NHTSA data supports that approximately half of all fatal, run-off-road (ROR) crashes occur along curves. While an examination of driver actions is relevant in many of these crashes, it may also be prudent to examine the roadway to understand if proper warnings were in place to notify drivers of the approaching hazard.
In this article, Civil & Traffic Engineering Expert, Richard Tippett discusses required warning signs that are used to notify motorists of curves ahead, the elements considered in determining the necessary signage, and how a forensic investigation can help determine whether signage was proper or in violation of applicable standards.
“Run-Off-Road” Incidents: Requirements for Curve Signage - Expert Overview
Roadways and associated signage are designed to facilitate “driver expectancy,” an industry term that describes a driver’s ability to reliably anticipate approaching conditions. This concept is important in highway engineering because research demonstrates that when drivers’ expectations align with real world conditions, they can more rapidly and successfully respond to hazards within the environment.
Driver expectancy underlines the importance of the Manual on Uniform Traffic Control Devices (MUTCD), which prescribes standardized (uniform) solutions to provide adequate positive guidance for a wide range of traffic situations. Driver’s actions tend to be error free when they receive information they expect, but when conditions and information deviate from those expectations, the instances of driver error increase.
In the context of a run-off-road crash along a curve, investigators may seek to determine if adequate and appropriate signage was provided to aid driver expectancy. The purpose of warning signs is to call attention to an unexpected condition, such as a curve, thus providing the motorist sufficient information and time to adjust their driving.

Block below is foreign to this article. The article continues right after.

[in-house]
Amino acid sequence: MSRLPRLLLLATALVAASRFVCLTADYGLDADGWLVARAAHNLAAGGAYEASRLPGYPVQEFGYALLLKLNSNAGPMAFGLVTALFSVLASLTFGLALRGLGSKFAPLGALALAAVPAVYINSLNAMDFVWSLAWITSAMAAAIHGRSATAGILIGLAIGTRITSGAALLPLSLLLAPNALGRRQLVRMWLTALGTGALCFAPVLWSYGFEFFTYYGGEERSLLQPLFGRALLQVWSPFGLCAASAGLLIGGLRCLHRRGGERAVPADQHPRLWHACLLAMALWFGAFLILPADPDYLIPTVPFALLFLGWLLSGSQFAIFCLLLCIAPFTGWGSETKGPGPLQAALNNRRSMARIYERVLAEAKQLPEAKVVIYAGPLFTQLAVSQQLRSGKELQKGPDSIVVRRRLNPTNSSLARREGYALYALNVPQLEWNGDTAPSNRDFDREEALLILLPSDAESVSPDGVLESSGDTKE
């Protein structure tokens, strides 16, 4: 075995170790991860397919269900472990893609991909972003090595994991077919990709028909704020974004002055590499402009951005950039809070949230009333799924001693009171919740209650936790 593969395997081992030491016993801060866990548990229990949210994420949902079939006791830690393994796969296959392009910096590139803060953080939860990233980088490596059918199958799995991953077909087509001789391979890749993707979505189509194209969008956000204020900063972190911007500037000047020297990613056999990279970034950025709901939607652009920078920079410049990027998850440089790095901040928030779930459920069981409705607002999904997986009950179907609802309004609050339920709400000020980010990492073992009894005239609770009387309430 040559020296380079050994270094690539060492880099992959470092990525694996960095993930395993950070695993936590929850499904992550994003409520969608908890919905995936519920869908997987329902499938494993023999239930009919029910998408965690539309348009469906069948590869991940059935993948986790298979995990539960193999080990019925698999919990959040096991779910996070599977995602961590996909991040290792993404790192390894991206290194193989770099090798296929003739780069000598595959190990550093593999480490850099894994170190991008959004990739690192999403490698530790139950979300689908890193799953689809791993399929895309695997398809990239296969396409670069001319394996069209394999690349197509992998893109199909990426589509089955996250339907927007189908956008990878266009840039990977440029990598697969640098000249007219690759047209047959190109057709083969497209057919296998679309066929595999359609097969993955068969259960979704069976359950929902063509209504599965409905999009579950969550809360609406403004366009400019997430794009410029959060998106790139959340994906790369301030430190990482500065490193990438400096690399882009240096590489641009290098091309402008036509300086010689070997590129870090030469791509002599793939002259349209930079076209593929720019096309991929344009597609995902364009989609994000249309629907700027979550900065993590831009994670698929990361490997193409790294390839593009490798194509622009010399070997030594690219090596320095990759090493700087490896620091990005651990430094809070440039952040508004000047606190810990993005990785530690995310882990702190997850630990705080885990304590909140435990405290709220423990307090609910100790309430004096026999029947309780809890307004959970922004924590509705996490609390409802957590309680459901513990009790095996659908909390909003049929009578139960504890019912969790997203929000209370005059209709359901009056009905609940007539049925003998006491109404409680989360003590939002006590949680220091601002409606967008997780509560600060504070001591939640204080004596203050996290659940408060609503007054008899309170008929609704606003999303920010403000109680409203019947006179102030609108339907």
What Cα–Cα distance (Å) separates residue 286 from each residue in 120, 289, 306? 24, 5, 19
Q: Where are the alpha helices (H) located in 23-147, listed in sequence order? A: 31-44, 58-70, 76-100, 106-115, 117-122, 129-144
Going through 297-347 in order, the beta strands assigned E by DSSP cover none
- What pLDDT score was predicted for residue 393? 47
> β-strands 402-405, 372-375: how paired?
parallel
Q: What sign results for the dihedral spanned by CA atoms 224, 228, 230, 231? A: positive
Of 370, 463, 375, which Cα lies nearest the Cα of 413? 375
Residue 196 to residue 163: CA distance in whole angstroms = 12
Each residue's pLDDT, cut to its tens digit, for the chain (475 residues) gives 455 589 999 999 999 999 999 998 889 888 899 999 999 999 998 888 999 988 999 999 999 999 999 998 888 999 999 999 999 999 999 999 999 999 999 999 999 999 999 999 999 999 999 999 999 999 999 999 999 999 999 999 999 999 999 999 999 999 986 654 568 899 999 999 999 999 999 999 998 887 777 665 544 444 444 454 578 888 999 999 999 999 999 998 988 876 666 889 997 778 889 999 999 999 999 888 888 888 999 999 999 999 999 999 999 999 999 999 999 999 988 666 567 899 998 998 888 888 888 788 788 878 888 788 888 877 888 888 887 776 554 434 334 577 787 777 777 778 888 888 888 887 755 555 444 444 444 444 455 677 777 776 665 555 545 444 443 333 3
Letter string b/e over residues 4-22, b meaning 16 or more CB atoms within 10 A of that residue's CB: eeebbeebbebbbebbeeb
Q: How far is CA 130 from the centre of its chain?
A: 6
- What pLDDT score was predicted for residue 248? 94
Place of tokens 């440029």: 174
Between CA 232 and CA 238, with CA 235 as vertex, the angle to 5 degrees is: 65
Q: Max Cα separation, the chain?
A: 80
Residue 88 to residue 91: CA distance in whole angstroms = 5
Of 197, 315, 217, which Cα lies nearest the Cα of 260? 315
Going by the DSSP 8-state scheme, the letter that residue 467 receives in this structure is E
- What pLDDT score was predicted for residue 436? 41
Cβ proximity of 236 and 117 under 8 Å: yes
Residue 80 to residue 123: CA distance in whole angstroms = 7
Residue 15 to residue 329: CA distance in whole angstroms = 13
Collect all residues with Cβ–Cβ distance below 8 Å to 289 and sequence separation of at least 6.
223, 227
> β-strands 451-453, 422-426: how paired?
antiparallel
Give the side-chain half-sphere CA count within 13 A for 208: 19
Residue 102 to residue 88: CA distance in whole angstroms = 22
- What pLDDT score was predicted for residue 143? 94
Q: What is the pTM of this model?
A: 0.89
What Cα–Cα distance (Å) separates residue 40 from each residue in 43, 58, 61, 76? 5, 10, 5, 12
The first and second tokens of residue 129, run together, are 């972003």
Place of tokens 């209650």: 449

Were Curve Warning Signs Required?
There are various factors that investigators will consider when reviewing what warning signs are warranted for a particular curve. The MUTCD Sections 2C.06 through 2C.15 cover curve warning signs; however, consideration shall also be given to the state MUTCD Supplement, a state specific MUTCD, and /or other applicable local standards. Curve signage is just one component of the warning/guidance system that may be warranted and proper for a location, with other elements including pavement markings, delineators, and other systemic and site-specific improvements that may also be required.
An evaluation may also include the geometry of the roadway leading to, through, and exiting the subject curve, such as:
- Curve Radius
- Degree of Curvature
- Distance between Curves
- Posted Speed Limit
- Advisory Speed
Depending on the roadway geometry, it may be necessary to utilize alternate and/or incorporate additional and supplemental warning signs that more accurately describe the nature of the curve a driver will face.
The presence of advance curve warning signs (examples shown in Figure 1) may not be the only signs that are required. Some curves require additional signage such as Chevrons or Large Arrow signs placed throughout the length of the curve, based on the difference between the roadway’s prevailing speed and the advisory speed at the curve. Additional measures to address recurring issues are sometimes warranted; such as rumble strips, automatic warning systems to prevent truck rollovers on curved ramps (See Figure 2), and even pavement grooving.
Highway Engineering Investigations
In essence, each curve or set of curves are unique, and the experts at Robson Forensic are experienced with the MUTCD and the correct usage of warning signs. An incident investigation will often include an analysis for compliance or lack of compliance with the applicable standards, and how violations of such standards or lack of response to collision history may be tied to causation of the incident.
The municipal and highway engineers at Robson Forensic are frequently retained to determine if the design, construction, or maintenance operations of roadway systems contributed to the cause of motor vehicle collisions, pedestrian strikes, or other injuries.
Submit an inquiry or call us at 800.813.6736 to discuss your case with an expert.
Civil Engineer & Traffic Engineering Expert
Richard Tippett is a Civil and Traffic Engineer with 30+ years of experience in public works infrastructure projects for roadways, utilities, airports, and building construction. Rick applies his expertise to forensic casework involving civil engineering and the design, construction, and maintenance of roadways and intersections, traffic signalization, municipal engineering, and land development.